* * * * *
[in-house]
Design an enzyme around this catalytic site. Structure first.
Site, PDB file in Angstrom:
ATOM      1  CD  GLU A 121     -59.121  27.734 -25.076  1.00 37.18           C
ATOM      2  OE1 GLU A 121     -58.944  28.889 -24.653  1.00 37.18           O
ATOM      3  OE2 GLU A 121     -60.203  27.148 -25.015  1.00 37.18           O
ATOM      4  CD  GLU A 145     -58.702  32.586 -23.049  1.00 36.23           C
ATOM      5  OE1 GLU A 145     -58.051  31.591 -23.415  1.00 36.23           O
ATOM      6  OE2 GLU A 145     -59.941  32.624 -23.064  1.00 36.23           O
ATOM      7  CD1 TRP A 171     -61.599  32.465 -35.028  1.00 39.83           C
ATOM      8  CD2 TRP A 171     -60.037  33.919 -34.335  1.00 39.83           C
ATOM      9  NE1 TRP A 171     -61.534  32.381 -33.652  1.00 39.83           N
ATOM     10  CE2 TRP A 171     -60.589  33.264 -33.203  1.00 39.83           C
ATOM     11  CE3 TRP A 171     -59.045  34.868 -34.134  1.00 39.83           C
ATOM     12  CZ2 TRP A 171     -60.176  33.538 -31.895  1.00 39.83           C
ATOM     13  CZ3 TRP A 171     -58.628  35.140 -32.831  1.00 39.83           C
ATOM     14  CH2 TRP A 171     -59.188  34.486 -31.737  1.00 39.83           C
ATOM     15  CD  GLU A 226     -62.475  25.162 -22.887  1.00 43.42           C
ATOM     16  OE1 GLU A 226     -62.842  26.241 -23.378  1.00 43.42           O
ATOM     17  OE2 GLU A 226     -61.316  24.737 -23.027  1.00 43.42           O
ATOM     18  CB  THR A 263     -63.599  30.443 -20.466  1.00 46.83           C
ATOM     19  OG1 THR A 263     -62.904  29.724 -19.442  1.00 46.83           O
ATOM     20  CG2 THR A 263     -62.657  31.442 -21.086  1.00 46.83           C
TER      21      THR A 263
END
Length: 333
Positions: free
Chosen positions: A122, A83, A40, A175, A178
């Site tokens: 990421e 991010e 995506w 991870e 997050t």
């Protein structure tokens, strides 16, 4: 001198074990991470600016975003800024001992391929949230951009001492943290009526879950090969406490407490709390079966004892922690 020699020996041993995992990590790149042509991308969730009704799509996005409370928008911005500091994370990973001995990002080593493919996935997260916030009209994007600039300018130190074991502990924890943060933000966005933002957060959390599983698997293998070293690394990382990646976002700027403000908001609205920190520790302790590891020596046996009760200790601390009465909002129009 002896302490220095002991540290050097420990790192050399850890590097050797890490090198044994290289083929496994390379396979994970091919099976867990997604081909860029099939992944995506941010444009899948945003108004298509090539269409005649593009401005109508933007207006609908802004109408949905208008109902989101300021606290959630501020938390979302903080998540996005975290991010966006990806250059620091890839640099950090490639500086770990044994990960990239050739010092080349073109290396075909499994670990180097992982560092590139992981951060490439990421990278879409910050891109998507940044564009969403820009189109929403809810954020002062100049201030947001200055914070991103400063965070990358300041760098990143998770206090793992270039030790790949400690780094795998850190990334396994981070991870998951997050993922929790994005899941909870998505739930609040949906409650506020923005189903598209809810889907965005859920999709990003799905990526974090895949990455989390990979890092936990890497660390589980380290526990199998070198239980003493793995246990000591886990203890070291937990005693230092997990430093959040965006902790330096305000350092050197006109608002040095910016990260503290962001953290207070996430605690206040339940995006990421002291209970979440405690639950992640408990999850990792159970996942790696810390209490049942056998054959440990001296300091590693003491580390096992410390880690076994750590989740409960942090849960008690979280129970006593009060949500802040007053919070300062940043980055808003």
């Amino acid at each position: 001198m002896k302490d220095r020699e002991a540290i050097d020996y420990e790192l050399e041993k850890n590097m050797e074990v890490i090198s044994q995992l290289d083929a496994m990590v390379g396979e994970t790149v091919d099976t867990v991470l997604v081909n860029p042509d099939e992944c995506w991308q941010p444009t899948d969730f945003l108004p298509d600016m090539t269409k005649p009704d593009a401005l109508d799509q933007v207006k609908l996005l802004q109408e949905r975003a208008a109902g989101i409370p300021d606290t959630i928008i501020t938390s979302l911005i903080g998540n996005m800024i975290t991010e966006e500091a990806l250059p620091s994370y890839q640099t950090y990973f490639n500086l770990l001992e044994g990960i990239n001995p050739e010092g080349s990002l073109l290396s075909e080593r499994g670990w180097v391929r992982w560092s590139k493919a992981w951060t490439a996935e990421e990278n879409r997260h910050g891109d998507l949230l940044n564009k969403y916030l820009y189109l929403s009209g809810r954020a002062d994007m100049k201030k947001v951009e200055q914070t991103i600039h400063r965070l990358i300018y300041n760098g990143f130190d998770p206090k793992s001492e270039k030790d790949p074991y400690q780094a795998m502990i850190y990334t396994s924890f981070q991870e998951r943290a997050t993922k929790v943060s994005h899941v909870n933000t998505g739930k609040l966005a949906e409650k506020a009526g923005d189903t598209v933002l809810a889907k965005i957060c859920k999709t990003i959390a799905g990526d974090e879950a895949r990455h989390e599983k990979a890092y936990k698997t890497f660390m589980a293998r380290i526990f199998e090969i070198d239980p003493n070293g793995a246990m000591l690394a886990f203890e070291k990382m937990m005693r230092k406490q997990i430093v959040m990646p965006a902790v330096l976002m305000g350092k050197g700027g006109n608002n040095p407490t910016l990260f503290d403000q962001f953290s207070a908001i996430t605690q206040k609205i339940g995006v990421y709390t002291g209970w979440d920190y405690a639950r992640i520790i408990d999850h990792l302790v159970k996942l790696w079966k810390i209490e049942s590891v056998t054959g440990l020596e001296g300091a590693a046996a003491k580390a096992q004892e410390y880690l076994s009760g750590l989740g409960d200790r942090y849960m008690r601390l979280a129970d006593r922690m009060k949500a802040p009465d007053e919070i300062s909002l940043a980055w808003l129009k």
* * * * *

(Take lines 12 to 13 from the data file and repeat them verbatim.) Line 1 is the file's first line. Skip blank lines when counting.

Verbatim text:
ATOM      9  NE1 TRP A 171     -61.534  32.381 -33.652  1.00 39.83           N
ATOM     10  CE2 TRP A 171     -60.589  33.264 -33.203  1.00 39.83           C